- October 25, 1999 at 12:00 am #10315
I believe it a custom of Jewish origin to set an extra place at the table so there is a place for Elijah to sit and eat, should he come. My general understanding is that it is a custom having to do with hospitality, but I would like to know more. Can anyone help?
User Detail :Name : David G., Gender : M, Sexual Orientation : Straight, Disability : Learning Disability, diabetes, others as well, Race : White/Caucasian, Religion : Unitarian Universalist, City : Snowflake, State : AZ Country : United States, Occupation : Minister, Education level : Over 4 Years of College, October 27, 1999 at 12:00 am #15949
The customs vary somewhat, but generally it is accepted that Elijah’s spirit will visit at every Pesah (Passover) seder. For me, the custom I follow is to leave a door open for him to come. Others may set an extra place setting, but I’m not specifically aware of it.
User Detail :Name : Jesse-N30784, Gender : M, Religion : Jewish, Age : 40, City : Herzliya, State : NA Country : Israel, Occupation : Engineer, Education level : 4 Years of College, October 28, 1999 at 12:00 am #15289
I’ve never heard about Elijah, but leaving one place free is not only custom of Jewish. I’m a Catholic and in my family we are used to leaving one place for a quest. Unfortunately noone univited haven’t come. In Poland it is very common especially in X-mas to prepare a meal for someone.
User Detail :Name : Bartek M., Gender : M, Sexual Orientation : Straight, Race : White/Caucasian, Age : 21, City : Warsaw, State : NA Country : Poland, Occupation : student, Education level : High School Diploma, Social class : Middle class, October 30, 1999 at 12:00 am #28001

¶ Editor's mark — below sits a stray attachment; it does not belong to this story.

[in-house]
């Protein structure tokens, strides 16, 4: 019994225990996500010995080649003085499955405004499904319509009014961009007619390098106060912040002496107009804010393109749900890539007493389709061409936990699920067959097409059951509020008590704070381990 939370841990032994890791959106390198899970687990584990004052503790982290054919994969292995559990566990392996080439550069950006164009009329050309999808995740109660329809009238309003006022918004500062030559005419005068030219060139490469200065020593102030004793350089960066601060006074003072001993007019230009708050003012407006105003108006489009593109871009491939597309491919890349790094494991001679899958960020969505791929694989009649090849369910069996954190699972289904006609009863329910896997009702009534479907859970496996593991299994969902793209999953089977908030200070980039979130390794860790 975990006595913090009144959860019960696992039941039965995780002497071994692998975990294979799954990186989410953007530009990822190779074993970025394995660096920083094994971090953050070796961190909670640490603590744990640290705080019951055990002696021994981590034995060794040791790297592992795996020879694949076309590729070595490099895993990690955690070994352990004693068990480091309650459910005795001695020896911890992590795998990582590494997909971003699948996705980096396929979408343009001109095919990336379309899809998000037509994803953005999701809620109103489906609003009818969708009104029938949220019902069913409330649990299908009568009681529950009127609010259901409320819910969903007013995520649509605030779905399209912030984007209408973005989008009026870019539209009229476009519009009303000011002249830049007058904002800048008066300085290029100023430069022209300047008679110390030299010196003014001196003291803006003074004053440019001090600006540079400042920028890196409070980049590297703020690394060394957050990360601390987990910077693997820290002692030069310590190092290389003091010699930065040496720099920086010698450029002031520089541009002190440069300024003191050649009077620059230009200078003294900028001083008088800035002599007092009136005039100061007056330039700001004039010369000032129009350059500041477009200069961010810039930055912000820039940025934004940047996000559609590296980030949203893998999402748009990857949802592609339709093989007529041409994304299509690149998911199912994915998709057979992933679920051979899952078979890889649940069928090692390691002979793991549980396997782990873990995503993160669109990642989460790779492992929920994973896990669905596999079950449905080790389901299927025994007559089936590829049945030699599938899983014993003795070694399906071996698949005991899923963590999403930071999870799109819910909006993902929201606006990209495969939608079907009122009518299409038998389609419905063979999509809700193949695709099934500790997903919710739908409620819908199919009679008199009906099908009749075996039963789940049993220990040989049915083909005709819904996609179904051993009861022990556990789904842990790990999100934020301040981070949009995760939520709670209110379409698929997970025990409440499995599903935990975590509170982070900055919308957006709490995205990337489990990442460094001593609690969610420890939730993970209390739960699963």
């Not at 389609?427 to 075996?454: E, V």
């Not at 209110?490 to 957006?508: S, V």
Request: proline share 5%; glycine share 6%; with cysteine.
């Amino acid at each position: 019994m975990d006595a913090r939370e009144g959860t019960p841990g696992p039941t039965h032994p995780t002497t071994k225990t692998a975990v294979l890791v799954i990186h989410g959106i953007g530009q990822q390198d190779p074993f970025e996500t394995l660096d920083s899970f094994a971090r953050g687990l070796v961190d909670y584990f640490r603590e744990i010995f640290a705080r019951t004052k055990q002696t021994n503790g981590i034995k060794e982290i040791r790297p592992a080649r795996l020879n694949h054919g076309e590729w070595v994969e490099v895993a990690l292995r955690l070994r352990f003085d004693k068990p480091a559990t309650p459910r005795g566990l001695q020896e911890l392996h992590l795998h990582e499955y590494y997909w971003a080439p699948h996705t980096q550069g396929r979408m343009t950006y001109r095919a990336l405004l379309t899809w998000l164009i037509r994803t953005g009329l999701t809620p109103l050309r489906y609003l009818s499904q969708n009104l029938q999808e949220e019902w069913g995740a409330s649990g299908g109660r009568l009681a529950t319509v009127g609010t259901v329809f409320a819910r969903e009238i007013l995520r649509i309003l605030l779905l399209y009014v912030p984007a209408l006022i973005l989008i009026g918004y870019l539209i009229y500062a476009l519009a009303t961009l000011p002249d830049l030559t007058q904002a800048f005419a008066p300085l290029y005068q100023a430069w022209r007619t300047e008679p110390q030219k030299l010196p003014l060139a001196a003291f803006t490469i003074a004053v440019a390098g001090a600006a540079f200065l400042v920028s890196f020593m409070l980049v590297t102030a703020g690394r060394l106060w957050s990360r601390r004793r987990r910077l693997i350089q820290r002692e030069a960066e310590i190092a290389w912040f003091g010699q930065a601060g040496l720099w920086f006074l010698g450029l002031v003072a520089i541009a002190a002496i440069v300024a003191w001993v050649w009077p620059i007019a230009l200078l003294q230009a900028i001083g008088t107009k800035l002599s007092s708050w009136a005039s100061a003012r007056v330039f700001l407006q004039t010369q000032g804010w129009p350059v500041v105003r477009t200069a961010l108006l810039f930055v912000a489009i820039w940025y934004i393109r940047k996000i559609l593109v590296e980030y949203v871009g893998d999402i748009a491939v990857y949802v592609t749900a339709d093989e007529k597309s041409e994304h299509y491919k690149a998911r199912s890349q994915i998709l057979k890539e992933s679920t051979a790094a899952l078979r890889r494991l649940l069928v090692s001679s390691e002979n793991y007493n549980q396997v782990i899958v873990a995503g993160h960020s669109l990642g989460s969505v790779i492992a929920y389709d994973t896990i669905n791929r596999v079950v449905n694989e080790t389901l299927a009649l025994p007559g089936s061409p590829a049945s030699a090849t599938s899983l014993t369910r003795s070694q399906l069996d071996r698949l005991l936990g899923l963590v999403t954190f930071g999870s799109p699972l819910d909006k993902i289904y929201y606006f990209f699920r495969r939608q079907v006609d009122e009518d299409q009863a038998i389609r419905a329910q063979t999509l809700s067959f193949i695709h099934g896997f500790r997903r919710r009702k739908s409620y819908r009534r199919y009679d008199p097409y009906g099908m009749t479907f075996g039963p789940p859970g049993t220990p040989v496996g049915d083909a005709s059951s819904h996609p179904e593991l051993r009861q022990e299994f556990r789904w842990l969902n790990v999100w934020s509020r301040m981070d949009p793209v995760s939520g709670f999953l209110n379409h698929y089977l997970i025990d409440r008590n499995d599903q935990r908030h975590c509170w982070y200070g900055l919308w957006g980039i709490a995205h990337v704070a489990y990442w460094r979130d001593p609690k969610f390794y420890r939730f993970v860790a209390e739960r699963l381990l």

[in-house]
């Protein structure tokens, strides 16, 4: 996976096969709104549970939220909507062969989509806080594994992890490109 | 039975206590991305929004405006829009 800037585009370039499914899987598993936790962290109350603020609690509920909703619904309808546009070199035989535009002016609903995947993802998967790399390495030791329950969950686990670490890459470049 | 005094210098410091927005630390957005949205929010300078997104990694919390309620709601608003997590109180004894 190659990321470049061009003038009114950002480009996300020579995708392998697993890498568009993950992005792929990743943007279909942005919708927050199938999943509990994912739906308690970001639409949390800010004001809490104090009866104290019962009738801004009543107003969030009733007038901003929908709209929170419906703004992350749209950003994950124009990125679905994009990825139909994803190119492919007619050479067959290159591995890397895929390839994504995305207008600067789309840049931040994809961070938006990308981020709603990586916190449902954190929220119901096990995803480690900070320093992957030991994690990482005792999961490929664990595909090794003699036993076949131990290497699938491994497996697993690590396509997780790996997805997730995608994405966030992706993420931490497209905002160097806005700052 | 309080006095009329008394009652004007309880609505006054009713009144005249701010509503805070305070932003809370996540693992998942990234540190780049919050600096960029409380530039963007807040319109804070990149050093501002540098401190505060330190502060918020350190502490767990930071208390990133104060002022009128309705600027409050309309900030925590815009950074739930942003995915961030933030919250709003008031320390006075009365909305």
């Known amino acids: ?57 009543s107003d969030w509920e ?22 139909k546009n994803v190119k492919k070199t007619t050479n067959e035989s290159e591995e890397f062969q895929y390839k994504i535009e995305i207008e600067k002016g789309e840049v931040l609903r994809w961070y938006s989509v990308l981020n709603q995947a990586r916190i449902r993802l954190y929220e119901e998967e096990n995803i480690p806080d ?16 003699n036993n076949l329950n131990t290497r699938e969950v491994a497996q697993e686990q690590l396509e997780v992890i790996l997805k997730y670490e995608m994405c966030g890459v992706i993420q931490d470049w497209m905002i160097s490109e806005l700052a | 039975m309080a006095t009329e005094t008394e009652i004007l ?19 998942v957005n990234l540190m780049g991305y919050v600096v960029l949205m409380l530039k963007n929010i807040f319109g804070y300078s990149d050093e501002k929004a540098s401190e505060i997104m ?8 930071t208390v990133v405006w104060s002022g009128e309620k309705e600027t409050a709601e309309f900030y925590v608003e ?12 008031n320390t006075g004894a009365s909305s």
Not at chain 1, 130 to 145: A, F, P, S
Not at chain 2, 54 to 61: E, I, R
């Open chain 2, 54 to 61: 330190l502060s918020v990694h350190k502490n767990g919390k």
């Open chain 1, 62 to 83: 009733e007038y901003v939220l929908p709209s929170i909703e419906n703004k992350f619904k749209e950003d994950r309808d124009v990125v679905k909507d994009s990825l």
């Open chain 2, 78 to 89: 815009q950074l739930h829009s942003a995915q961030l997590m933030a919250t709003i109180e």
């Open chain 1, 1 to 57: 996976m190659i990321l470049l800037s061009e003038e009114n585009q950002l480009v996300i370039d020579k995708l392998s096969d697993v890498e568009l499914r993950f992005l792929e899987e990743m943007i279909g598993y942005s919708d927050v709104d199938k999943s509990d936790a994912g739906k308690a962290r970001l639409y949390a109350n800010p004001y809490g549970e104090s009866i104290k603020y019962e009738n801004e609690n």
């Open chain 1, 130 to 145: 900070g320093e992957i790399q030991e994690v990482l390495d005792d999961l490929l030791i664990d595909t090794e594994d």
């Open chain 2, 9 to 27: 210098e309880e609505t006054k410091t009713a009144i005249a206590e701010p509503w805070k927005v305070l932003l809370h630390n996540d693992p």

This is a custom of the Passover seder ( the order of the retelling of the exodus and the meal eaten at that time). The proper way is not to set a place, but to pour a glass of wine. At the directed time the door of the house is opened and Elijah is invited in. Since Elijah is traditionaly supposed to announce the messiah we hope that this year he will make the announcement. He is therefore invited in and visits every jewish household to take a sip of wine at the seder. As an extra note, a chair is left empty at every bris (circumcision ceremony) for Elijah. Since he will announce the messiah he is invited to every bris in case that child is the messiah.
User Detail :Name : Steve-R, Gender : M, Sexual Orientation : Straight, Race : White/Caucasian, Religion : Jewish, Age : 52, City : New York, State : NY Country : United States, Occupation : Lawyer, Education level : Over 4 Years of College, Social class : Upper middle class, February 5, 2000 at 12:00 am #35934
I would add that the extra place setting idea is also related to the extra seat that is set in the Sukkah (booth) at the Autumn holiday of Sukkot. It is left with the idea that our revered ancestors might “join” us – Abraham/Sarah (They were known for their welcoming of the stranger-angels in the desert.); Isaac/Rebecca (She was chosen as his wife because of her kinship and hospitality.); Jacob/Leah and Rachel (The girls’ father’s hospitality was somewhat dubious, but eventually came out in Jacob’s favor!) Also, an extra place is often set at the Passover table because we are instructed to welcome in anyone who wishes to join us for that meal. Many Orthodox families make a special effort to have someone less fortunate (or sometimes less informed about their heritage) join them. Synagogues often sponsor community seders (dinners) so that everyone can have the opportunity to observe this important event.
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